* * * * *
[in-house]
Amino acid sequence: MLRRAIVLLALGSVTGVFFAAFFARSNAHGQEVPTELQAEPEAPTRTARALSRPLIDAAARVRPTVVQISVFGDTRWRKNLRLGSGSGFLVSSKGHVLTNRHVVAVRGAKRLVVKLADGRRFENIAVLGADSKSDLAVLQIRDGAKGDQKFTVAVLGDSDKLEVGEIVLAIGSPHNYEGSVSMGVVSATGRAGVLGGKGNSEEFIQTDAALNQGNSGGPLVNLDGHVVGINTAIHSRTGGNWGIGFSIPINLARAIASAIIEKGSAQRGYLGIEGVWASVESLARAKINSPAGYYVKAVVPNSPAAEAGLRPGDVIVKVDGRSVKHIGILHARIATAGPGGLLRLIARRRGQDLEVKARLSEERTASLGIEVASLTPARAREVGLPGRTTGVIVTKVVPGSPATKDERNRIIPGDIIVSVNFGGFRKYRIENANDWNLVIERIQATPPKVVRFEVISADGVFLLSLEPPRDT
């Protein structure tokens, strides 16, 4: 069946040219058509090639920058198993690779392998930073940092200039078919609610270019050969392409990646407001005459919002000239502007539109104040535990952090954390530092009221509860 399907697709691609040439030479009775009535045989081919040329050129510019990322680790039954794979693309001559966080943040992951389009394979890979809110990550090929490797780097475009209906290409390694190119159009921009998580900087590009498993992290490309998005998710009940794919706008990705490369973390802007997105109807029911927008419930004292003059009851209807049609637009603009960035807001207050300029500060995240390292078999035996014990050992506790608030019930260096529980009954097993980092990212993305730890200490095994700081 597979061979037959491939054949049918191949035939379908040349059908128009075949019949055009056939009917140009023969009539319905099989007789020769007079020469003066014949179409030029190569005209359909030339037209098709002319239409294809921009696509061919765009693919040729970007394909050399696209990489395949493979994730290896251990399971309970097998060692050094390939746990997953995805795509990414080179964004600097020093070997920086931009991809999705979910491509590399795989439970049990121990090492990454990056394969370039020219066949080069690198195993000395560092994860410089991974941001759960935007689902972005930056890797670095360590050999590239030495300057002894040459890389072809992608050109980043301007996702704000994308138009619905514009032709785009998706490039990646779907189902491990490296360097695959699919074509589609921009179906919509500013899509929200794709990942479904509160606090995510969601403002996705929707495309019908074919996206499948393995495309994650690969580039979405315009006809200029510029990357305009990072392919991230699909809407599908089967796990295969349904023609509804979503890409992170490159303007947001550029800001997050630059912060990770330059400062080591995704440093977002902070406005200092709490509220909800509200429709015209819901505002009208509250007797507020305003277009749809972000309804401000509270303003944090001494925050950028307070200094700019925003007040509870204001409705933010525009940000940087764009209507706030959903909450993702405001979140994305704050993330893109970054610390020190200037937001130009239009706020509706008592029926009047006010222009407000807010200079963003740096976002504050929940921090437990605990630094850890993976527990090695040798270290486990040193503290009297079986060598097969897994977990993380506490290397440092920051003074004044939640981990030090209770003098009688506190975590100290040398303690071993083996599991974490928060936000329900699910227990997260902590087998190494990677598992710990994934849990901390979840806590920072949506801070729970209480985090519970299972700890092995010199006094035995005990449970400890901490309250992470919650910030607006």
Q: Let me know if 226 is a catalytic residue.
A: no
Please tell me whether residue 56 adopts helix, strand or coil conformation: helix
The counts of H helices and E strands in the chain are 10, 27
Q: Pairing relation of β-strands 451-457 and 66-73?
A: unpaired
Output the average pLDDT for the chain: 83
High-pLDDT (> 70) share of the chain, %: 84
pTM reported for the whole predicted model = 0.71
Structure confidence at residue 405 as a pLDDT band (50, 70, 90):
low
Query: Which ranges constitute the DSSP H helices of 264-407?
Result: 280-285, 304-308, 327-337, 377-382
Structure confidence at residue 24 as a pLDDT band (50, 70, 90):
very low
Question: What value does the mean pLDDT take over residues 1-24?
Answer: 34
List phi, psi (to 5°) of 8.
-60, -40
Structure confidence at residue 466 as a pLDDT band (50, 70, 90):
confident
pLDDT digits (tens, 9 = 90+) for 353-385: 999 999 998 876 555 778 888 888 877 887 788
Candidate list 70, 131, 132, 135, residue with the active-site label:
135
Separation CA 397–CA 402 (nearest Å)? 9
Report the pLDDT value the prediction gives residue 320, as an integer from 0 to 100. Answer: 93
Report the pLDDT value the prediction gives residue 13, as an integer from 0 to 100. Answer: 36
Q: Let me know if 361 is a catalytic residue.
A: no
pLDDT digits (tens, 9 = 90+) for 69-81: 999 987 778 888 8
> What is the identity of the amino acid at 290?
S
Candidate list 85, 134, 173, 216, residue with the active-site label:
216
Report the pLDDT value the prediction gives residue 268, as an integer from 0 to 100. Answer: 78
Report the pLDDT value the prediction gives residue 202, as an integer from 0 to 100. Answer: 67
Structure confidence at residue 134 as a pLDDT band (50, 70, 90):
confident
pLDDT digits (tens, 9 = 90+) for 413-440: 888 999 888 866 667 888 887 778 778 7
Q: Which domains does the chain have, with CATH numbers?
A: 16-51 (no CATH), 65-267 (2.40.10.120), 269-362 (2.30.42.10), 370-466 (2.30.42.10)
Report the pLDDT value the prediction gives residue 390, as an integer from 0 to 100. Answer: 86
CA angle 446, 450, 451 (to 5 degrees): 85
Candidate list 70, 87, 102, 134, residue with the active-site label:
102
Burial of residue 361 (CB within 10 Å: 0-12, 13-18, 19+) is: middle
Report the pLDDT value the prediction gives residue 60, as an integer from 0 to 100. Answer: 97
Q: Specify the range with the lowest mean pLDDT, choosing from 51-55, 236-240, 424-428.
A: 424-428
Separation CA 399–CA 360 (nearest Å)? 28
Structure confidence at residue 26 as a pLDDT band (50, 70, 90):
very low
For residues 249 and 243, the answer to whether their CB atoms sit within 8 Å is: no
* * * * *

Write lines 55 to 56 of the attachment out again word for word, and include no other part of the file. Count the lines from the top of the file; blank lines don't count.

very low
For residues 249 and 243, the answer to whether their CB atoms sit within 8 Å is: no